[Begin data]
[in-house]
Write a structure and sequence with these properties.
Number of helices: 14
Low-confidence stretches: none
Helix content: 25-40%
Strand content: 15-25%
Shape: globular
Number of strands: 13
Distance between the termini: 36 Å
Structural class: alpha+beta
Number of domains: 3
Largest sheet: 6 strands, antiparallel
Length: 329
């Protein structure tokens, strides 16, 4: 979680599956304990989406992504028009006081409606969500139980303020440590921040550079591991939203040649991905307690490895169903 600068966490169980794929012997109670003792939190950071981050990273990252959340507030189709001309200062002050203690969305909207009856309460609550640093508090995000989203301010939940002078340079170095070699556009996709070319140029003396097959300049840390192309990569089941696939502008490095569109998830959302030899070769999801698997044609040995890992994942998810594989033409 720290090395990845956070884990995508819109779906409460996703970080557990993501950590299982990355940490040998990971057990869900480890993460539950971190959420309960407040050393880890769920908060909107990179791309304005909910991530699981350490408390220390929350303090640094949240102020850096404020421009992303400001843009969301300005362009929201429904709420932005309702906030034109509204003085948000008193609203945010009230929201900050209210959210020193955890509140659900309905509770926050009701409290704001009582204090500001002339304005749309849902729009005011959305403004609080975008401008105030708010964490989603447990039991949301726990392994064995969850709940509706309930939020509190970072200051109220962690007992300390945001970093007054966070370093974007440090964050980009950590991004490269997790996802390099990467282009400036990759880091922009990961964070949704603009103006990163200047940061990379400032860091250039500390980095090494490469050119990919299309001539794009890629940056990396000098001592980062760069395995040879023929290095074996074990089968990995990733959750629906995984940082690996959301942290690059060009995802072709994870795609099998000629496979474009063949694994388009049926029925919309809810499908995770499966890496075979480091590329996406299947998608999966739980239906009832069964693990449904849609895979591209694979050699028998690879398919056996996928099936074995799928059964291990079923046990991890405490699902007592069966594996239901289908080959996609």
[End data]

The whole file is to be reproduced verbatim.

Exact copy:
[in-house]
Write a structure and sequence with these properties.
Number of helices: 14
Low-confidence stretches: none
Helix content: 25-40%
Strand content: 15-25%
Shape: globular
Number of strands: 13
Distance between the termini: 36 Å
Structural class: alpha+beta
Number of domains: 3
Largest sheet: 6 strands, antiparallel
Length: 329
């Protein structure tokens, strides 16, 4: 979680599956304990989406992504028009006081409606969500139980303020440590921040550079591991939203040649991905307690490895169903 600068966490169980794929012997109670003792939190950071981050990273990252959340507030189709001309200062002050203690969305909207009856309460609550640093508090995000989203301010939940002078340079170095070699556009996709070319140029003396097959300049840390192309990569089941696939502008490095569109998830959302030899070769999801698997044609040995890992994942998810594989033409 720290090395990845956070884990995508819109779906409460996703970080557990993501950590299982990355940490040998990971057990869900480890993460539950971190959420309960407040050393880890769920908060909107990179791309304005909910991530699981350490408390220390929350303090640094949240102020850096404020421009992303400001843009969301300005362009929201429904709420932005309702906030034109509204003085948000008193609203945010009230929201900050209210959210020193955890509140659900309905509770926050009701409290704001009582204090500001002339304005749309849902729009005011959305403004609080975008401008105030708010964490989603447990039991949301726990392994064995969850709940509706309930939020509190970072200051109220962690007992300390945001970093007054966070370093974007440090964050980009950590991004490269997790996802390099990467282009400036990759880091922009990961964070949704603009103006990163200047940061990379400032860091250039500390980095090494490469050119990919299309001539794009890629940056990396000098001592980062760069395995040879023929290095074996074990089968990995990733959750629906995984940082690996959301942290690059060009995802072709994870795609099998000629496979474009063949694994388009049926029925919309809810499908995770499966890496075979480091590329996406299947998608999966739980239906009832069964693990449904849609895979591209694979050699028998690879398919056996996928099936074995799928059964291990079923046990991890405490699902007592069966594996239901289908080959996609």